Belgian research vessel to study climate change in Greenland's fjords

The new Belgian research vessel RV Belgica will embark on a three-week expedition to the Arctic regions of southwest Greenland Thursday. During the 'CANOE expedition' (Climate chANge impacts on carbon cycling and fOod wEbs in Arctic Fjords), the international research team on board will study the effects of climate change in the area.

Over the next three weeks, the scientists will map the accelerated melting of glaciers, carbon dynamics, biodiversity and food webs in Greenland's fjords. By doing so, they hope to be able to analyse the impact of climate change on this Arctic marine ecosystem.

DEHEAT mission

The Belgica already spent sixteen days in Icelandic waters as part of the DEHEAT mission. One of the scientific objectives was to investigate the possibility of reducing the concentration of carbon dioxide (CO2) in the atmosphere by promoting the weathering of silicates in the ocean.

Now the RV Belgica is setting off again from Iceland's capital, Reykjavik, to study two neighbouring fjords. Fjords are crucial for the food web and CO2 storage, as the rich marine life absorbs a lot of carbon.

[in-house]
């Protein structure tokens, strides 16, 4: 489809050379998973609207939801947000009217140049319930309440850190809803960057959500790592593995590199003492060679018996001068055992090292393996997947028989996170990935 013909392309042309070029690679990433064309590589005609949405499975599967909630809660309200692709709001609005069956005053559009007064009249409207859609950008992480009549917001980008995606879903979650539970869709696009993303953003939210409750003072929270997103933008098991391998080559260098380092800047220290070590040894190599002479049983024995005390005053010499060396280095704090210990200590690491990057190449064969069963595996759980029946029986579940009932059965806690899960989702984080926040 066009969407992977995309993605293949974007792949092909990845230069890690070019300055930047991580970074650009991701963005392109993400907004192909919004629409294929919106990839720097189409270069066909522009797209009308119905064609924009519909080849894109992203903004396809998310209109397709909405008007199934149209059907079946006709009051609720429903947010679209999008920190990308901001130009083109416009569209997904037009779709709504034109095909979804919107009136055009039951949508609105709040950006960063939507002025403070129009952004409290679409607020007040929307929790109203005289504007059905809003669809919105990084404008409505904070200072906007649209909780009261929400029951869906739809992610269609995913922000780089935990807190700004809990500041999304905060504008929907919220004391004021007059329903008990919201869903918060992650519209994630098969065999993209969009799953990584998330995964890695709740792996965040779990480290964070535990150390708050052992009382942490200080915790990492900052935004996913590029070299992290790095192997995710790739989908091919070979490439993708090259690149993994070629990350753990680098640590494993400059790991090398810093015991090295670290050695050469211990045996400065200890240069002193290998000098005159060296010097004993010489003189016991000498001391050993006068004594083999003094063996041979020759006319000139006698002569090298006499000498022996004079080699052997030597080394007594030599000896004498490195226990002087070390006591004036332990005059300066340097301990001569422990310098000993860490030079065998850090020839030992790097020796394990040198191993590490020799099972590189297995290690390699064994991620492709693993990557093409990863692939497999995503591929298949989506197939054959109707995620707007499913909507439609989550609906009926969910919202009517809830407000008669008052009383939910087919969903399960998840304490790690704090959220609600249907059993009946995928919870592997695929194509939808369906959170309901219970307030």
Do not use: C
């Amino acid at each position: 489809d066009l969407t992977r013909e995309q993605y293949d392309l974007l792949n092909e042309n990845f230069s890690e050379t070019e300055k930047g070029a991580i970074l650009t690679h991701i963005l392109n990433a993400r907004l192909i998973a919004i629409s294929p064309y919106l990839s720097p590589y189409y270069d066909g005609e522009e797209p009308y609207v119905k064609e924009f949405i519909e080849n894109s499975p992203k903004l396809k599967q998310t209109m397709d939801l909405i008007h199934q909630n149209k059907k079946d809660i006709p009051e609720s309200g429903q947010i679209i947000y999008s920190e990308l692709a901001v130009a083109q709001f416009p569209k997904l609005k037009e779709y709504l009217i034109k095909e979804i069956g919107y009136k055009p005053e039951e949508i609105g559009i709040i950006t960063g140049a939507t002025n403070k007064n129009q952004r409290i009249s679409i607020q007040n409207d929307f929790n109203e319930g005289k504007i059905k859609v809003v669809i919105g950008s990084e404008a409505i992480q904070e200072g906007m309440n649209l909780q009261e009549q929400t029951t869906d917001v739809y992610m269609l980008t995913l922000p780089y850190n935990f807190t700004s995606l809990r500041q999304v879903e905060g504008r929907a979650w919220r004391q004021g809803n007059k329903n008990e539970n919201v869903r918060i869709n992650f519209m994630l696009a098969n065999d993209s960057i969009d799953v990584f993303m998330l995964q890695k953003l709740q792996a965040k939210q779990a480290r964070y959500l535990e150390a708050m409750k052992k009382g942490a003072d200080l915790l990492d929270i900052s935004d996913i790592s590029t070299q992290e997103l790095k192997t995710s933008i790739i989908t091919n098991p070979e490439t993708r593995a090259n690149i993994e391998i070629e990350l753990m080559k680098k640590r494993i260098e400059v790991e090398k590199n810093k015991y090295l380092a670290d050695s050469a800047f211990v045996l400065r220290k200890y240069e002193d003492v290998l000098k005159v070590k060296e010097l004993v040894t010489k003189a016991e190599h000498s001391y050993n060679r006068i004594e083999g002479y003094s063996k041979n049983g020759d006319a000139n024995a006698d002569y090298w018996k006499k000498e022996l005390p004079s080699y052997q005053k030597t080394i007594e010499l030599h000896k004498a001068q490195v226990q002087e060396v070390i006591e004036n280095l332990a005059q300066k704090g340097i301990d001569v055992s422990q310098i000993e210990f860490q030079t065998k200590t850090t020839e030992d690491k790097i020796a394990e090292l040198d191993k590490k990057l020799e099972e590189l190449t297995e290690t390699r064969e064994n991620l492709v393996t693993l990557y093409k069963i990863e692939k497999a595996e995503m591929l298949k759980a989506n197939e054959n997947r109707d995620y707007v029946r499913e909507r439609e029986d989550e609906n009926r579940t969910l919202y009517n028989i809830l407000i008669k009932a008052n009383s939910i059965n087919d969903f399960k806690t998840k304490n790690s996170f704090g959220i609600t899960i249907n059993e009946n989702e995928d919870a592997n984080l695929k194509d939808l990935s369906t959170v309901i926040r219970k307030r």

Moving glaciers

Due to global warming and the resulting accelerated melting of glaciers, glaciers often end up in fjords, known as marine glaciers. Greenland's marine glaciers, in particular, have experienced a sharp increase in meltwater discharge, causing many glaciers to move onto land gradually. The CANOE expedition will investigate how these shifts affect the marine food web and the uptake and storage of carbon on the seafloor.

"Understanding the effects of climate change on marine food webs will provide important information for the future management of these fjords," says Ann Vanreusel, professor at UGent and chief scientist of the RV Belgica Greenland expedition.

Professor Ulrike Braeckman (Royal Belgian Institute of Natural Sciences and UGent) coordinates the CANOE project. The project is carried out in collaboration with Greenlandic research institutes.




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